At this point I have been on so many different treatments and my options of other things to try are becoming more limited. This is somewhat scary and frustrating because it really makes me wonder if I’ll ever be well enough and have made enough progress to be able to go off treatment. There’s a newer IV antibiotic that I tried at the beginning of this month because I was able to get about a week of it for free through my doctor’s office. I was hopeful about this new treatment because it’s supposed to act in a way that’s different from other antibiotics but after two doses I was feeling so awful from side effects that I was miserable and ended up stopping after just three days. But my doctor still wants me to try to get it covered by insurance and go on it for longer, maybe only doing it three days a week. However, getting it approved by insurance is kind of a long shot. And would it be worth it to deal with all the awful side effects I was having and how sick I felt on it? I don’t know that it would help, but I think I’m at a point where I’m ready to go full force into anything my doctor wants to try because I don’t have a lot of options left.

And then I wonder if we are missing a piece (or multiple pieces) of the puzzle. Are we ignoring some kind of underlying issue that would make a difference to have identified? For a long time, probably since reading much about it and/or meeting and getting to know people who have it, I’ve been suspicious that I have Mitochondrial Disease that just makes everything worse and harder to treat. The pieces seem to fit with this but for some reason I haven’t made the leap to see a Mito specialist…yet. About three years ago I was close to pursuing it but just didn’t. And now, since I kind of have this goal lingering in the future, I’m very close to taking the leap and making an appointment with this doctor. I just don’t want to go through all the annoyance of seeing a new doctor, having to go through all my medical stuff with them, if it isn’t actually that likely that it will be helpful. So everyday I think about it, I go back and forth, and it’s kind of a way of procrastinating. Because the longer I take to decide whether to even make an appointment with this doctor, the longer I can go before having to deal with it. But the thing that is most compelling in my mind that I really do have Mito or something like it is that people I know who have it have wondered if I might have it, too, without me saying anything about my suspicions.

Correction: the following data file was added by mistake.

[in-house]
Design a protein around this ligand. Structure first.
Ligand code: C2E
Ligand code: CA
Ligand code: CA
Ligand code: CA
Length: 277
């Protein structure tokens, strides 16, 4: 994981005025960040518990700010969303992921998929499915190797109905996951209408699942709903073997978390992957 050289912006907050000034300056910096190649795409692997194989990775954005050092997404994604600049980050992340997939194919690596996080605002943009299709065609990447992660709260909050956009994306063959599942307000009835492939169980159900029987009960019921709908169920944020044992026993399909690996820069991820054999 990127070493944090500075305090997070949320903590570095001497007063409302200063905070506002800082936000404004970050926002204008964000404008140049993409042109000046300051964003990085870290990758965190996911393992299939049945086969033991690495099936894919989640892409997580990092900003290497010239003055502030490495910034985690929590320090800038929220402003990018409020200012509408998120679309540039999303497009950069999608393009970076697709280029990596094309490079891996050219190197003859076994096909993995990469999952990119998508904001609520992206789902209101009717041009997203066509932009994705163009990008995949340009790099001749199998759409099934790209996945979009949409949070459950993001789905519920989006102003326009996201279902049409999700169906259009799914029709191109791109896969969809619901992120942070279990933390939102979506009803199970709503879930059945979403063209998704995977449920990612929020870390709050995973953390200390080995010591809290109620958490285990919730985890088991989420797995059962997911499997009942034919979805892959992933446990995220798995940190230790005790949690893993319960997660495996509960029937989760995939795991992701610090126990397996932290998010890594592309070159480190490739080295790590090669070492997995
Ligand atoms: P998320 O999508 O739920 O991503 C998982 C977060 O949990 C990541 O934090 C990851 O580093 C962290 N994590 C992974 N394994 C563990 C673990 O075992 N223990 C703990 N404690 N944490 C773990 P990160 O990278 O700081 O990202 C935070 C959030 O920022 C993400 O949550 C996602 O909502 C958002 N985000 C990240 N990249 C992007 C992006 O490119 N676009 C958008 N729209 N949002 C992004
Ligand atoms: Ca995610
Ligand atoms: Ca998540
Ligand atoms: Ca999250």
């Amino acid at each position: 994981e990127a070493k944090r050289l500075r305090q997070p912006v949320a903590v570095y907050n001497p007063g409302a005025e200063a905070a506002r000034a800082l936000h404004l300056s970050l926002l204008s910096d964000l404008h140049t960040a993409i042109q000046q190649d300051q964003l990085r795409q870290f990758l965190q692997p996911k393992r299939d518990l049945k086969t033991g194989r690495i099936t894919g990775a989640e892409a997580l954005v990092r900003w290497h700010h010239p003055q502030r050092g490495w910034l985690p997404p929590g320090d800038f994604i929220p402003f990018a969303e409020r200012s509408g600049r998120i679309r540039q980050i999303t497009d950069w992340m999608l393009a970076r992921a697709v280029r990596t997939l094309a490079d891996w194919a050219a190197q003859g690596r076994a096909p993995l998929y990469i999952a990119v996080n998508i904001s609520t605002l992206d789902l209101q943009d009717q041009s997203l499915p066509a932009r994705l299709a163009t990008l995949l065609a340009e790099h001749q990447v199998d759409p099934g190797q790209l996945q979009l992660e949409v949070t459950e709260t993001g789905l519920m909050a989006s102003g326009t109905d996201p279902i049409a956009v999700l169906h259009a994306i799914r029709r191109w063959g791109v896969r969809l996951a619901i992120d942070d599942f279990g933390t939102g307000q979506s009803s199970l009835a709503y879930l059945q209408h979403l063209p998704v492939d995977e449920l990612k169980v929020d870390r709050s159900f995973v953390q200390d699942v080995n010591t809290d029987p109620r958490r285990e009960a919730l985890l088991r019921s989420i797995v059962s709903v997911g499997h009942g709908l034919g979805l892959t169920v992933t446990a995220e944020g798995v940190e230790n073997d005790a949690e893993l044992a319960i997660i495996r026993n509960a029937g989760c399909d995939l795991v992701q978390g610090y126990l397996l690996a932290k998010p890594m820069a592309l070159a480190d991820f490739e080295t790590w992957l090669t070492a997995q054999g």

In past blog entries, I’ve also talked about how I’ve found it almost more difficult to be feeling better and able to do more things than to be sick and house/bedbound because at least when you’re really sick and unable to function in the world very well, you know not to expect to be able to go out and do things. But when you’re able to be doing more, you have so much more to lose. I’m not saying it’s worse to be doing better, it’s just hard in a different way.

Okay, I’ve kind of gotten away from the original topic here. Am I really that much better than I was a few years ago? Yes, I’m working. Yes, I was able to live on my own essentially for two years and mostly support myself (except for all my medical expenses and other major, unexpected expenses). But does this mean I’m really much better? Or am I just better at handling the symptoms? Do I just have more treatments that keep me stable? I know that without my IV hydration/vitamins/amino acids (but mostly it’s the hydration, I think) I crash and have a lot of trouble functioning. I know that if I’m off antibiotics for more than a few weeks or a month, I start getting worse. So does that count as being “better” than I was?